Jurors weigh revoking clergy credentials for Methodist pastor

ury of United Methodist pastors began hearing testimony Tuesday (Nov. 19) that will help determine if the Rev. Frank Schaefer will lose his clergy credentials for breaking church law by officiating at the same-sex marriage of his son in 2007. Testimony in the penalty phase of the trial may continue Wednesday.

(RNS) A jury of United Methodist pastors began hearing testimony Tuesday (Nov. 19) that will help determine if the Rev. Frank Schaefer will lose his clergy credentials for breaking church law by officiating at the same-sex marriage of his son in 2007.

A United Methodist jury Monday night found the Rev. Frank Schaefer guilty of violating church law for officiating at the 2007 wedding of his son and another man.  Photo by Kathy Gilbert/United Methodist News Service

A United Methodist jury Monday night found the Rev. Frank Schaefer guilty of violating church law for officiating at the 2007 wedding of his son and another man. Photo by Kathy Gilbert/United Methodist News Service

The same jury found him guilty of two charges Monday night: performing a same-sex wedding and disobeying church law. The United Methodist Church, the nation’s second-largest Protestant denomination with 8.3 million members, considers homosexuality “incompatible with Christian teachings.”

About 100 observers, many of them wearing rainbow stoles in support of gay rights, watched the proceedings, which may continue Wednesday.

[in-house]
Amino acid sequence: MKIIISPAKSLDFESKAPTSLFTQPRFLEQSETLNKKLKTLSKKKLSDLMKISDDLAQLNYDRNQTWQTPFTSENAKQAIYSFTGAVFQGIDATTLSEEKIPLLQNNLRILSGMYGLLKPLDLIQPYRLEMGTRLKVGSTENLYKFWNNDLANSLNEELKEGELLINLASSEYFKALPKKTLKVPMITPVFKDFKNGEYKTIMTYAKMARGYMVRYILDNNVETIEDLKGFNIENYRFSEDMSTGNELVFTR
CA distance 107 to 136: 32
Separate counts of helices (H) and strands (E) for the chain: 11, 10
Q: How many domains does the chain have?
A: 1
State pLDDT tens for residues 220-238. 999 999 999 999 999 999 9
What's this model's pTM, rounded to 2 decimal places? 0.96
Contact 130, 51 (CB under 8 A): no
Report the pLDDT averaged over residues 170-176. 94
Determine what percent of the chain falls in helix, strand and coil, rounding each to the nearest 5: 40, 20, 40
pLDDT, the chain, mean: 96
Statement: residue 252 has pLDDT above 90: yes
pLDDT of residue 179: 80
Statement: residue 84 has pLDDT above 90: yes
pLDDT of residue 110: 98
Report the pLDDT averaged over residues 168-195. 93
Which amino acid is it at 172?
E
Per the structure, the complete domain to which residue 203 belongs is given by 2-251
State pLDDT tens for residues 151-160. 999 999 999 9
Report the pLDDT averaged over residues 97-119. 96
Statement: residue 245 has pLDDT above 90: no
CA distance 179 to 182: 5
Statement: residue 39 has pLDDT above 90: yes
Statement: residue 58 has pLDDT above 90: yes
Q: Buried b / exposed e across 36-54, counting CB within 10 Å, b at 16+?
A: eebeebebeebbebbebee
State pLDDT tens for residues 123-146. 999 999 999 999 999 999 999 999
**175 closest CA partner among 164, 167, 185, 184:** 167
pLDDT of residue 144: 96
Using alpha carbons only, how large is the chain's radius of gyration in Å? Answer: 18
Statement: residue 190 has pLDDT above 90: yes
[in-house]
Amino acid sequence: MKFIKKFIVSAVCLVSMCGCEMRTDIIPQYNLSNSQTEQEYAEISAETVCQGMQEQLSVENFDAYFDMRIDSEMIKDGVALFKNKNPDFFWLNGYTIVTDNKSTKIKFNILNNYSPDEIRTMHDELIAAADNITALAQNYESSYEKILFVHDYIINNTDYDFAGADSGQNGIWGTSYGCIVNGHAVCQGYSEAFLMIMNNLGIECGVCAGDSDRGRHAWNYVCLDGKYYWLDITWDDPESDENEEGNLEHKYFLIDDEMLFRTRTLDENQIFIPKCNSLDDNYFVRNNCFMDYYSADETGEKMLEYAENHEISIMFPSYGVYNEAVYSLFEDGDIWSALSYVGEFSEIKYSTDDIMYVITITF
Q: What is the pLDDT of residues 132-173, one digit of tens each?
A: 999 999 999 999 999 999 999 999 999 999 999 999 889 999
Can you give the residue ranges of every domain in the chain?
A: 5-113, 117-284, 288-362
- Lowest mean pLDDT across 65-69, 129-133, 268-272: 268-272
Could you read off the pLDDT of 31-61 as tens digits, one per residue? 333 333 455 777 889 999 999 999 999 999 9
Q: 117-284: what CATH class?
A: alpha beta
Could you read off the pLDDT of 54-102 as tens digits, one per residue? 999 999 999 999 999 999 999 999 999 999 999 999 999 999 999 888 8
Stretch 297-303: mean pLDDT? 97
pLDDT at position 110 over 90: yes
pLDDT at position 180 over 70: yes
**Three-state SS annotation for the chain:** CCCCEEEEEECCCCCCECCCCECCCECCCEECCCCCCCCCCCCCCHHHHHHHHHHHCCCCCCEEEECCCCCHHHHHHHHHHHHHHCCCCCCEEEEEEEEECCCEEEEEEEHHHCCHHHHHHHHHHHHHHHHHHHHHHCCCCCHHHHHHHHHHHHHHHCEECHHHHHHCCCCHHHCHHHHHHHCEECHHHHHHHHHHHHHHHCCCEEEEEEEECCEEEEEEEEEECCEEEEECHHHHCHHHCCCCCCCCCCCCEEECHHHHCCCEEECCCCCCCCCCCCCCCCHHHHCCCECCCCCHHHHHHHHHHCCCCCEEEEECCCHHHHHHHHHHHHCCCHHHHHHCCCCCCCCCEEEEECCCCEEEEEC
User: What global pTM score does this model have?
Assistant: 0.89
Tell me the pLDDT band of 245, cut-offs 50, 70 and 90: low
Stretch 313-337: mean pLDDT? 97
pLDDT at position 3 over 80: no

The verdict came 12 hours after the emotional trial began at a United Methodist retreat center in Spring City, Pa. A jury of 13 pastors and two alternates heard testimony from Schaefer, pastor of Zion United Methodist Church in Lebanon, Pa.; and Jon Boger, a former member of Schaefer’s church who filed the complaint against Schaefer.

Schaefer pleaded not guilty to the charges. He has said the church’s rulebook, the Book of Discipline, calls for equality and compassion in ministering to all people.

“Maybe I compromised my ritual purity,” Schaefer testified Monday. “It is what Jesus called me to do for the sake of love.”

Homosexuality has been one of the most divisive issues confronting churches in recent decades and an ecclesial trial showcases those divisions in stark relief.

Hundreds of people sang, prayed and held signs in support of Schaefer outside the center, said Penny Springfield, who traveled from Binghamton, N.Y., with several other members of Tabernacle United Methodist Church in Binghamton.

Springfield’s pastor, the Rev. Steve Heiss, is awaiting word of a trial in the denomination’s Upper New York Annual Conference on charges that he, too, violated church law for presiding at same-sex weddings. Like Schaefer, Heiss has refused to promise he won’t take such action again.

Schaefer testified he knew he was violating church law, but said, “I couldn’t pass on the other side of the road like a Levite.”

During testimony, Boger said was motivated to file the charge against his former pastor because rumors about Schaefer officiating at a same-sex wedding undermined the integrity of the church. Boger also acknowledged his mother, the longtime musical director at the church, was recently dismissed.